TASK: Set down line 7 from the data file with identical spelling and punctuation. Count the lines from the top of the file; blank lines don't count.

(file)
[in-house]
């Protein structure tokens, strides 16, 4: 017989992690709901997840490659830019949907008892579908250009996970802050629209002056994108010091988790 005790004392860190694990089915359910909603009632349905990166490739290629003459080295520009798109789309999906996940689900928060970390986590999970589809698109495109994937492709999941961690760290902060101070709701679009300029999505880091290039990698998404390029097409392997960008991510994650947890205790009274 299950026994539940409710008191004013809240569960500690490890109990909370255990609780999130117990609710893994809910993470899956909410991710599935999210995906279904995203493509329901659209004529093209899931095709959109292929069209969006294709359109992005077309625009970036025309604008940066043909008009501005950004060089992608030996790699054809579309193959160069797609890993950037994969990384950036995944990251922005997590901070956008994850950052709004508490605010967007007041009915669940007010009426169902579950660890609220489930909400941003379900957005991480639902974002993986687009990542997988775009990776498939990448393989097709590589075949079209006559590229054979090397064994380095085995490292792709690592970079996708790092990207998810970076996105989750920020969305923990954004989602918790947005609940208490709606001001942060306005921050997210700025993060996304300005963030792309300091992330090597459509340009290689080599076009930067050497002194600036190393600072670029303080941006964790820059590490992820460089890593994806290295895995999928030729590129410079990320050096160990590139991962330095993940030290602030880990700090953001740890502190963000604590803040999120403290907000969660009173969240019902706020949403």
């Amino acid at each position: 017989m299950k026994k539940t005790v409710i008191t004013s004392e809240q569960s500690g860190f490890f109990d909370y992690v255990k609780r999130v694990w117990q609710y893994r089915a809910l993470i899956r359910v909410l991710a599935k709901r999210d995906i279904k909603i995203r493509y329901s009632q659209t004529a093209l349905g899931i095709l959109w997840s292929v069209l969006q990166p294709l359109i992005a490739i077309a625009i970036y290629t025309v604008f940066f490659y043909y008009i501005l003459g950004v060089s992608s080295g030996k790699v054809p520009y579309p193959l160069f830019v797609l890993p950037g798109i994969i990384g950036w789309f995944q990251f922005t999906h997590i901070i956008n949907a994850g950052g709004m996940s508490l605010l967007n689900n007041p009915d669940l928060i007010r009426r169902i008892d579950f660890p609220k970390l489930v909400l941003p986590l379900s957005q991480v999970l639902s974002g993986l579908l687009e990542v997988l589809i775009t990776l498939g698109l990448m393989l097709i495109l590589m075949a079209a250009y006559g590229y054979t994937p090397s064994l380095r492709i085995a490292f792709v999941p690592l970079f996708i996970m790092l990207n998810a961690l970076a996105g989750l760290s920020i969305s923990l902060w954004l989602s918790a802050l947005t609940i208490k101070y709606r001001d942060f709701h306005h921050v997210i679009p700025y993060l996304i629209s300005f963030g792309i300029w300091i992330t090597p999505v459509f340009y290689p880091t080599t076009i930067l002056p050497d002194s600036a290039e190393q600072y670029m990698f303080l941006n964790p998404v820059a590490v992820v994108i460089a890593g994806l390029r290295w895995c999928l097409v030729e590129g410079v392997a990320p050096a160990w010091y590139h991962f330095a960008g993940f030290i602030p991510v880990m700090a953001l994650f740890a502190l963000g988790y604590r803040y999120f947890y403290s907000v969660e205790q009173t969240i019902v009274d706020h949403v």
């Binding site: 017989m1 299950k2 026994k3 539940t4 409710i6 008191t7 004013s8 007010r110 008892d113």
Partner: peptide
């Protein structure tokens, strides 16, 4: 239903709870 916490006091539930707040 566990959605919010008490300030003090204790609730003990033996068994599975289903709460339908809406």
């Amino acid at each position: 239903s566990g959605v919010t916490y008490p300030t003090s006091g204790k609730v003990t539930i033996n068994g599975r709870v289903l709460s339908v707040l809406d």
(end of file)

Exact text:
């Amino acid at each position: 239903s566990g959605v919010t916490y008490p300030t003090s006091g204790k609730v003990t539930i033996n068994g599975r709870v289903l709460s339908v707040l809406d």